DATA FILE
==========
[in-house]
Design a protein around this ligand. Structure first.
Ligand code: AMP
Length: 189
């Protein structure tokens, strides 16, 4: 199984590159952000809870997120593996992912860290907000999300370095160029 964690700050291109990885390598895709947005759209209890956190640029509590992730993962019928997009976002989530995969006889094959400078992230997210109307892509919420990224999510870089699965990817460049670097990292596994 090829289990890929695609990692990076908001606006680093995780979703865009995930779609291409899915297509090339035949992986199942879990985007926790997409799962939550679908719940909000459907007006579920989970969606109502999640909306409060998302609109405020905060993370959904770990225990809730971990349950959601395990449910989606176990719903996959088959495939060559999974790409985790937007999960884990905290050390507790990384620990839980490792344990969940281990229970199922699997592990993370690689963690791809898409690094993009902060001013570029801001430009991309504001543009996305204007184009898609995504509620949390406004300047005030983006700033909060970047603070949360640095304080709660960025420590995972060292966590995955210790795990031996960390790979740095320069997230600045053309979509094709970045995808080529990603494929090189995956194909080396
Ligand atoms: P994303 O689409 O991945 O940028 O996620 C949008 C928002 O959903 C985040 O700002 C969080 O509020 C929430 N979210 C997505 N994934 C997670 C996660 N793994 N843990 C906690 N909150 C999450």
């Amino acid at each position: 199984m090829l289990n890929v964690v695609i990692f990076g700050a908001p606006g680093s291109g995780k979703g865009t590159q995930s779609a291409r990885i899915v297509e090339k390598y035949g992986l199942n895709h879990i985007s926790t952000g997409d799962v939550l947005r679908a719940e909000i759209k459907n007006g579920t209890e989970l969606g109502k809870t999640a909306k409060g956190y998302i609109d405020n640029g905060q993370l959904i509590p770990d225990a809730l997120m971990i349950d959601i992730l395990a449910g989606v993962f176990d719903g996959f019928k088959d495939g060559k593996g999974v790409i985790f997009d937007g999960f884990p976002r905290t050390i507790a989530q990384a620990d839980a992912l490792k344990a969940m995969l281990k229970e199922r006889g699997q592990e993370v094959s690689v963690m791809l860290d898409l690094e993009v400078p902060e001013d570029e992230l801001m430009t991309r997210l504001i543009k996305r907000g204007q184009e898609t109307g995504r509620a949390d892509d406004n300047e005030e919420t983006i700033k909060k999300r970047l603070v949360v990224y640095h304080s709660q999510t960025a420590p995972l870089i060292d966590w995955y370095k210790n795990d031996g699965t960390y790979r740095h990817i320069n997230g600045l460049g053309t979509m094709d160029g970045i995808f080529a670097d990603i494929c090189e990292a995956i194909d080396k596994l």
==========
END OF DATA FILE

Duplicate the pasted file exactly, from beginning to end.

[in-house]
Design a protein around this ligand. Structure first.
Ligand code: AMP
Length: 189
């Protein structure tokens, strides 16, 4: 199984590159952000809870997120593996992912860290907000999300370095160029 964690700050291109990885390598895709947005759209209890956190640029509590992730993962019928997009976002989530995969006889094959400078992230997210109307892509919420990224999510870089699965990817460049670097990292596994 090829289990890929695609990692990076908001606006680093995780979703865009995930779609291409899915297509090339035949992986199942879990985007926790997409799962939550679908719940909000459907007006579920989970969606109502999640909306409060998302609109405020905060993370959904770990225990809730971990349950959601395990449910989606176990719903996959088959495939060559999974790409985790937007999960884990905290050390507790990384620990839980490792344990969940281990229970199922699997592990993370690689963690791809898409690094993009902060001013570029801001430009991309504001543009996305204007184009898609995504509620949390406004300047005030983006700033909060970047603070949360640095304080709660960025420590995972060292966590995955210790795990031996960390790979740095320069997230600045053309979509094709970045995808080529990603494929090189995956194909080396
Ligand atoms: P994303 O689409 O991945 O940028 O996620 C949008 C928002 O959903 C985040 O700002 C969080 O509020 C929430 N979210 C997505 N994934 C997670 C996660 N793994 N843990 C906690 N909150 C999450």
């Amino acid at each position: 199984m090829l289990n890929v964690v695609i990692f990076g700050a908001p606006g680093s291109g995780k979703g865009t590159q995930s779609a291409r990885i899915v297509e090339k390598y035949g992986l199942n895709h879990i985007s926790t952000g997409d799962v939550l947005r679908a719940e909000i759209k459907n007006g579920t209890e989970l969606g109502k809870t999640a909306k409060g956190y998302i609109d405020n640029g905060q993370l959904i509590p770990d225990a809730l997120m971990i349950d959601i992730l395990a449910g989606v993962f176990d719903g996959f019928k088959d495939g060559k593996g999974v790409i985790f997009d937007g999960f884990p976002r905290t050390i507790a989530q990384a620990d839980a992912l490792k344990a969940m995969l281990k229970e199922r006889g699997q592990e993370v094959s690689v963690m791809l860290d898409l690094e993009v400078p902060e001013d570029e992230l801001m430009t991309r997210l504001i543009k996305r907000g204007q184009e898609t109307g995504r509620a949390d892509d406004n300047e005030e919420t983006i700033k909060k999300r970047l603070v949360v990224y640095h304080s709660q999510t960025a420590p995972l870089i060292d966590w995955y370095k210790n795990d031996g699965t960390y790979r740095h990817i320069n997230g600045l460049g053309t979509m094709d160029g970045i995808f080529a670097d990603i494929c090189e990292a995956i194909d080396k596994l």